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Don’t Take The Guns




|| By FITSNEWS || Lauren Luxenburg – a Northern Virginia native who earned her stripes in the rough and tumble world of South Carolina politics – has an interesting post up in the aftermath of last week’s horrific, racially motivated “Holy City Massacre.”

An account executive at Austin, Texas-based WPA Research, Luxenburg refers to the shooting as an “unimaginable tragedy.”

“America is mourning for the innocent lives lost, their families, and friends. It is a time for everyone to reflect,” she wrote.

But Luxenburg also took note of the immediate effort by U.S. president Barack Obama and 2016 frontrunner Hillary Clinton to turn the tragedy into yet another anti-gun crusade – and offered some compelling counterpoints.



“In preference to yet another eradication of our Constitutional liberties, we should first question the effectiveness of gun control,” she wrote.

Specifically, Luxenburg cited a 2007 Harvard study (.pdf here) published by Gary Mauser and Don B. Kates.

“If more guns equal more death and fewer guns equal less death, areas within nations with higher gun ownership should in general have more murders than those with less gun ownership in a similar area. But, in fact, the reverse pattern prevails,” the study found.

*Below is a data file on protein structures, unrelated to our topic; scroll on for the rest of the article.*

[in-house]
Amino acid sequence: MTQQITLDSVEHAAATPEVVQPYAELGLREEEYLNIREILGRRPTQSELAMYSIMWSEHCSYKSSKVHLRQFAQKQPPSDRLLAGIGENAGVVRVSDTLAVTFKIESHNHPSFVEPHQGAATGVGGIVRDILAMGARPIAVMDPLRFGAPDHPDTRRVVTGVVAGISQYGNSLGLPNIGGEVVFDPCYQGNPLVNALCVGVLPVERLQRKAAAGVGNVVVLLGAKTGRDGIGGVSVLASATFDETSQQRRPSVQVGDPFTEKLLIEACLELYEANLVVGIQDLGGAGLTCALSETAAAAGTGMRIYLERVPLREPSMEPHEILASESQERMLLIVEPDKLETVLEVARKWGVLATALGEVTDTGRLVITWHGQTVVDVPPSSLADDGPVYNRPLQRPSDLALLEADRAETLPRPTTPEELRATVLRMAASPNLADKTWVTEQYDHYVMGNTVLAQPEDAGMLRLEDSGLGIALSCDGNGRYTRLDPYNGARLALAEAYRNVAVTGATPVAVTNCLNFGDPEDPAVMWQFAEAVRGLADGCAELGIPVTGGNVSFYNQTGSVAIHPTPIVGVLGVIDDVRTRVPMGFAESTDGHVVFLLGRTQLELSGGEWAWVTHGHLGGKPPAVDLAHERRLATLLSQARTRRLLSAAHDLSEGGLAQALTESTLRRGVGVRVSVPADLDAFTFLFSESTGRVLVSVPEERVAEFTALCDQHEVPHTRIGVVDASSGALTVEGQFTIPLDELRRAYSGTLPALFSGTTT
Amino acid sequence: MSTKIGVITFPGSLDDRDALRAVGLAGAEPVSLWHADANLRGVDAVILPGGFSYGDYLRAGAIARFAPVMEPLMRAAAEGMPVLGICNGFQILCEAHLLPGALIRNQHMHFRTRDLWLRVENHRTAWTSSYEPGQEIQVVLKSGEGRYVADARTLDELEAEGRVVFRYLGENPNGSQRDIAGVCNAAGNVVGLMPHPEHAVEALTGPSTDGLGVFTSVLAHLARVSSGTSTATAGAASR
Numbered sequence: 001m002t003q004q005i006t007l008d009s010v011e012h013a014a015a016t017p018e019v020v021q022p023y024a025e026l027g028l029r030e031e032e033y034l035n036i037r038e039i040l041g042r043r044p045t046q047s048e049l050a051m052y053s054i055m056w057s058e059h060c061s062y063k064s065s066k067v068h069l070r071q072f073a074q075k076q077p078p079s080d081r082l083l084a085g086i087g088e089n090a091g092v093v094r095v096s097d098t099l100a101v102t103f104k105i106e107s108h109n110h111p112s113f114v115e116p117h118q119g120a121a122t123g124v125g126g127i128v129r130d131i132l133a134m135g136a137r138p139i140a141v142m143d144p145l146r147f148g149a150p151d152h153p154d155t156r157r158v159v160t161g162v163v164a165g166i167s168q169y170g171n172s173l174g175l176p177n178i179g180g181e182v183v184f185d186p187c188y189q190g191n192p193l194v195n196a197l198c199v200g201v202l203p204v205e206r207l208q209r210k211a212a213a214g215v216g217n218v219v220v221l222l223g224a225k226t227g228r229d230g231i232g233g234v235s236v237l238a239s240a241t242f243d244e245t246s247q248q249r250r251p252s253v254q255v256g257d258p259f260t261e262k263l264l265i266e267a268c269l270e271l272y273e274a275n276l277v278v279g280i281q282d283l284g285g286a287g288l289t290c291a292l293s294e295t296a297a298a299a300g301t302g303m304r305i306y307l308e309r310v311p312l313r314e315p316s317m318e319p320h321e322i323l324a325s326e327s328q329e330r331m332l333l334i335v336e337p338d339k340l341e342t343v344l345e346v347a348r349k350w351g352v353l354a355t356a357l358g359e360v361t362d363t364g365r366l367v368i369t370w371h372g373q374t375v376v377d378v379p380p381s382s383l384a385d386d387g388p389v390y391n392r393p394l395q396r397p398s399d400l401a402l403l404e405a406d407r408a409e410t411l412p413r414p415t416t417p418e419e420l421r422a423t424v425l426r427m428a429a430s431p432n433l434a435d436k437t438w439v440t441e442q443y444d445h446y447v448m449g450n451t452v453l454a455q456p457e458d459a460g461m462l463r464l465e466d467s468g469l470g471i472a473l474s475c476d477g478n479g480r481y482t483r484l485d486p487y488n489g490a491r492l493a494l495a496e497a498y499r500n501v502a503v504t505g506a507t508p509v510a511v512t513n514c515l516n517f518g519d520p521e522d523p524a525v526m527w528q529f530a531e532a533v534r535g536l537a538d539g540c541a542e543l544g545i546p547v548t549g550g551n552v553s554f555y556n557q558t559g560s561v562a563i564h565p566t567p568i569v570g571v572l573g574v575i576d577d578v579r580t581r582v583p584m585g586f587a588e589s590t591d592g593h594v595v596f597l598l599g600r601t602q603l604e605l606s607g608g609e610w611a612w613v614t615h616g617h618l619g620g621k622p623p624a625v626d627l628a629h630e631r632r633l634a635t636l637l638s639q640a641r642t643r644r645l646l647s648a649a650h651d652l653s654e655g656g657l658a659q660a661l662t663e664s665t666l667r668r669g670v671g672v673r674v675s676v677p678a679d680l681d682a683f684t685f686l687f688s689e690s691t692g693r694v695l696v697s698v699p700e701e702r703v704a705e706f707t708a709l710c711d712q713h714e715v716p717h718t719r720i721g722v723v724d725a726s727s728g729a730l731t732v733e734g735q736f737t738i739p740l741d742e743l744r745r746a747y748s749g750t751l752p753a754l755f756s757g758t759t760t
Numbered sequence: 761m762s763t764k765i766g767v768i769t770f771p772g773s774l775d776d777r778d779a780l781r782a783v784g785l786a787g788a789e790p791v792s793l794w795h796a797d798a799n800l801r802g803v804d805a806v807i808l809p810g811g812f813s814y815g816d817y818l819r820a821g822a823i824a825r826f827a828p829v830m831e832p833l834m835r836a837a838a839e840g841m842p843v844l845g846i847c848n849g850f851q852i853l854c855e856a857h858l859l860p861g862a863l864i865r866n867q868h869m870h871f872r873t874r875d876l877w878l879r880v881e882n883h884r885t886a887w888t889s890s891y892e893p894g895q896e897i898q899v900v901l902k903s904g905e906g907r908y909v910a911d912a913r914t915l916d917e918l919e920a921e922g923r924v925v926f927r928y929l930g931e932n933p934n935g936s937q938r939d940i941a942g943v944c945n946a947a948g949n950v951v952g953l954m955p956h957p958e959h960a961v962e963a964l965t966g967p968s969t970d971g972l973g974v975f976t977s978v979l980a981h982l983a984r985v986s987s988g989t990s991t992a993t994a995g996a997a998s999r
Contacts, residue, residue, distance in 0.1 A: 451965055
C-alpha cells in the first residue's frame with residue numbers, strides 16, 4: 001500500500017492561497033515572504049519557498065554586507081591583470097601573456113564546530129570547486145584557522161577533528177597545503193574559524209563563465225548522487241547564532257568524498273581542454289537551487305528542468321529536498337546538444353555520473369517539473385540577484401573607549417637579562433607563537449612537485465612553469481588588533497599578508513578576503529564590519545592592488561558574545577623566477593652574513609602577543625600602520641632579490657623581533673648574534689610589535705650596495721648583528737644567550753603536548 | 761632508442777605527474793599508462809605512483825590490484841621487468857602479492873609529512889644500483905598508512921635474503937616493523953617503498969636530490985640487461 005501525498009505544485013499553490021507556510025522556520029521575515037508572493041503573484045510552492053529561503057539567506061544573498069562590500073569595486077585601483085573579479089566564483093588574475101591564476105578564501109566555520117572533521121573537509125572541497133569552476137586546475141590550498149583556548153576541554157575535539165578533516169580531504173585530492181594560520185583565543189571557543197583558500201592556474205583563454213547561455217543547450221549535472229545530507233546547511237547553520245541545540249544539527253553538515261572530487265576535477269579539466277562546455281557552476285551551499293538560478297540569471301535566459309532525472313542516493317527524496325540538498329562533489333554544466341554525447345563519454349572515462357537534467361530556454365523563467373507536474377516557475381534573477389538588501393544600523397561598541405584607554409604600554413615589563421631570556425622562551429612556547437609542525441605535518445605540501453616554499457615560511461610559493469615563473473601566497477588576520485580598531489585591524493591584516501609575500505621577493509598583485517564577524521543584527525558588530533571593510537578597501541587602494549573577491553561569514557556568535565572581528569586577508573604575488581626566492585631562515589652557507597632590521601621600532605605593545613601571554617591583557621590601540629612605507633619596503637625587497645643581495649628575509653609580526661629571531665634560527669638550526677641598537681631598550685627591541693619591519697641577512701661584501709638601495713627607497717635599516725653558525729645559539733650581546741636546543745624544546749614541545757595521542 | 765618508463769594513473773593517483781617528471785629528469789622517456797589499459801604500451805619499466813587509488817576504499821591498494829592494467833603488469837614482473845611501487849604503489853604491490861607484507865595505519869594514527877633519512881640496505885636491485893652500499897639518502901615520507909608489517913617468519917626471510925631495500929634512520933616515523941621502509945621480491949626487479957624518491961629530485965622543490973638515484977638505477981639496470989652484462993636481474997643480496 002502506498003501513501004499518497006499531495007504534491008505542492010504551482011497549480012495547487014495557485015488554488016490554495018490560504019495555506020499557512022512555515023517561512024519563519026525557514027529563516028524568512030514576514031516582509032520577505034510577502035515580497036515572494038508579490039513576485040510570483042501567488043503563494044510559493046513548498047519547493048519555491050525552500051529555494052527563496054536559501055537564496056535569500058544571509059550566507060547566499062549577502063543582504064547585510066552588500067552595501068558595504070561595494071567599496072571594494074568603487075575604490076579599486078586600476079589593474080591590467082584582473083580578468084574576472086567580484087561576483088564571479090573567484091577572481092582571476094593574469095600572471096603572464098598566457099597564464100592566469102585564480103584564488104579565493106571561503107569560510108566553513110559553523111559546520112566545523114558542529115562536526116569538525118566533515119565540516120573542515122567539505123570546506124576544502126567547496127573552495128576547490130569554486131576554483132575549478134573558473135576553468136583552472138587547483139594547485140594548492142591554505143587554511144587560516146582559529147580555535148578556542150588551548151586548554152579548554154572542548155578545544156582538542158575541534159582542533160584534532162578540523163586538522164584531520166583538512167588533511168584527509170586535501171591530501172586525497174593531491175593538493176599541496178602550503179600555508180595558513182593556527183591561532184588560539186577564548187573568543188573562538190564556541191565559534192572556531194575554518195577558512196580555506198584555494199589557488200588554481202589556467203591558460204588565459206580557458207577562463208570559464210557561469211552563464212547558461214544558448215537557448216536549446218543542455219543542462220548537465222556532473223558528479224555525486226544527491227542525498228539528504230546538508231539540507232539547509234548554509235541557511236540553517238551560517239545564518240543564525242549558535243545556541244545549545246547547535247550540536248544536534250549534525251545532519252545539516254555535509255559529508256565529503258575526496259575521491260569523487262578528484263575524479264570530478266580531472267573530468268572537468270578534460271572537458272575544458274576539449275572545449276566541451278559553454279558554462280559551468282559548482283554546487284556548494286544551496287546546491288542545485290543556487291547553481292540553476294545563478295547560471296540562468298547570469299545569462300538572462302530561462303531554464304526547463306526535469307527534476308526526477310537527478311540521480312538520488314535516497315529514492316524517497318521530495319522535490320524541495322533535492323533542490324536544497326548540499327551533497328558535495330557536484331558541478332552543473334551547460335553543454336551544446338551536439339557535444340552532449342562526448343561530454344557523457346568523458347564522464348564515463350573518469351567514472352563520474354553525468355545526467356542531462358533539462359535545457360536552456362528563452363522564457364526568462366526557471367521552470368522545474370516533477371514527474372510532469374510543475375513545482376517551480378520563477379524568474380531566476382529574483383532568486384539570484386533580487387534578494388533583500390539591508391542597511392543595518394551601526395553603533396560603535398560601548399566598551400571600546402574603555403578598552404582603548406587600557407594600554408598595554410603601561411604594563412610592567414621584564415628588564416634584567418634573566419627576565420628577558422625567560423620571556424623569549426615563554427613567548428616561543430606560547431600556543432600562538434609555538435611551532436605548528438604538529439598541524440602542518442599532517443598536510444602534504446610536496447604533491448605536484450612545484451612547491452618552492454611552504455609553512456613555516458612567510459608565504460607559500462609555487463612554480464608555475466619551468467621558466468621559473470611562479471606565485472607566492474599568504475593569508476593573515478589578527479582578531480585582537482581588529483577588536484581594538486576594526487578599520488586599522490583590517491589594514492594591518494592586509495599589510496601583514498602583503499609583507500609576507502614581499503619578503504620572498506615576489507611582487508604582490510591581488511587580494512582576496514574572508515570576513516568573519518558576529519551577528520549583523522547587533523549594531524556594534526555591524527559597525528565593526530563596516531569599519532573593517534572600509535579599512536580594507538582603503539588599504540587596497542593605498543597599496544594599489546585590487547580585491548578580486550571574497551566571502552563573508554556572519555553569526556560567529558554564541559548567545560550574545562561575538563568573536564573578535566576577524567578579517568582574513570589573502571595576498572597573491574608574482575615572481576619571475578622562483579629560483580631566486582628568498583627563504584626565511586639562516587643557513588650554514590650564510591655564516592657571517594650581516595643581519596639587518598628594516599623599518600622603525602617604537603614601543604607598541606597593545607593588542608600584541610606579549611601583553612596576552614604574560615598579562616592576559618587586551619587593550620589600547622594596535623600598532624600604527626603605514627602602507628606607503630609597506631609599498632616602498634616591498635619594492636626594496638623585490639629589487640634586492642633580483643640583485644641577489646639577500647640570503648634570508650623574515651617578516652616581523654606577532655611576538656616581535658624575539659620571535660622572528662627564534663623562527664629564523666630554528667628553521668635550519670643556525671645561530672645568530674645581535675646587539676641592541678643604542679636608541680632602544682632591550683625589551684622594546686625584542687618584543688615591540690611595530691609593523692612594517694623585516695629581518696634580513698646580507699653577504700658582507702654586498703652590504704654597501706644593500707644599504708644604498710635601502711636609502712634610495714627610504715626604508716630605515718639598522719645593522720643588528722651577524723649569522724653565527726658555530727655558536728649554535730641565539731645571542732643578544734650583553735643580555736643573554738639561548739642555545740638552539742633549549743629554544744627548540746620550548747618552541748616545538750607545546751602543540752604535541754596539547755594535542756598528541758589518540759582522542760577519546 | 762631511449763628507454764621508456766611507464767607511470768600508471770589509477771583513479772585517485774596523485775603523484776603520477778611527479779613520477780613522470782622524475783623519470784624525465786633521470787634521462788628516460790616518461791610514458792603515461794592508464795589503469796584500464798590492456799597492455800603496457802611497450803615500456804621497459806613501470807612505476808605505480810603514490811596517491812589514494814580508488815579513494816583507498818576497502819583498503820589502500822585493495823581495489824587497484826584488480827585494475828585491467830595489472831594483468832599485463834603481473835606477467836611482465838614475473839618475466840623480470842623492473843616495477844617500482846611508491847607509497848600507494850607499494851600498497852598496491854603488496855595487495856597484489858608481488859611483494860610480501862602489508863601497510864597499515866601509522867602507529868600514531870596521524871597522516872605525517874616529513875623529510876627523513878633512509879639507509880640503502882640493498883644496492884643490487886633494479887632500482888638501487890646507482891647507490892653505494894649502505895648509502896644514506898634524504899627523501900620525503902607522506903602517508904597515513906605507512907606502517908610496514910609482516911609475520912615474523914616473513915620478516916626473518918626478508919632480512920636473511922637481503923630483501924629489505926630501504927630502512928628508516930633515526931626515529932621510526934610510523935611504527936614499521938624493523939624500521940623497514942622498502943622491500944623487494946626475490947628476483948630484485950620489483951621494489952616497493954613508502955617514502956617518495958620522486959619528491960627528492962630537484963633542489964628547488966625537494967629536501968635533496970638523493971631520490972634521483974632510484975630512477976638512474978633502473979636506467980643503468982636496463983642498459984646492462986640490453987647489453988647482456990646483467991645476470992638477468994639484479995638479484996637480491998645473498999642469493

That conclusion is consistent with the federal government’s own crime data.

Luxenburg’s piece also points out that in the 25 years after Washington, D.C. passed its firearm ban, “its murder rate increased 51 percent while the national rate decreased 36 percent.”

Citing recent Gallup data showing a record-high percentage of Americans believe guns make homes safer, Luxenburg concludes “the President is using a tragedy to score political points instead of providing serious leadership that takes into account how most Americans feel about this issue.”

We agree …

This website condemns the deadly, premeditated violence that took place in Charleston, S.C. last week – as does everyone with even half a heart.  More importantly, we condemn the hateful bigotry which seems to have been its underlying motivation – and reject efforts to scapegoat the gunman’s drug use or possible mental illness.

Also, we have been leading the fight to remove what many believe to be a symbol of that bigotry – a symbol used by the perpetrator of this massacre.

But as the fog of grief and anger gives way to the search for a better world (or at the very least a better state), we cannot and will not embrace movements which would make us less safe as a people.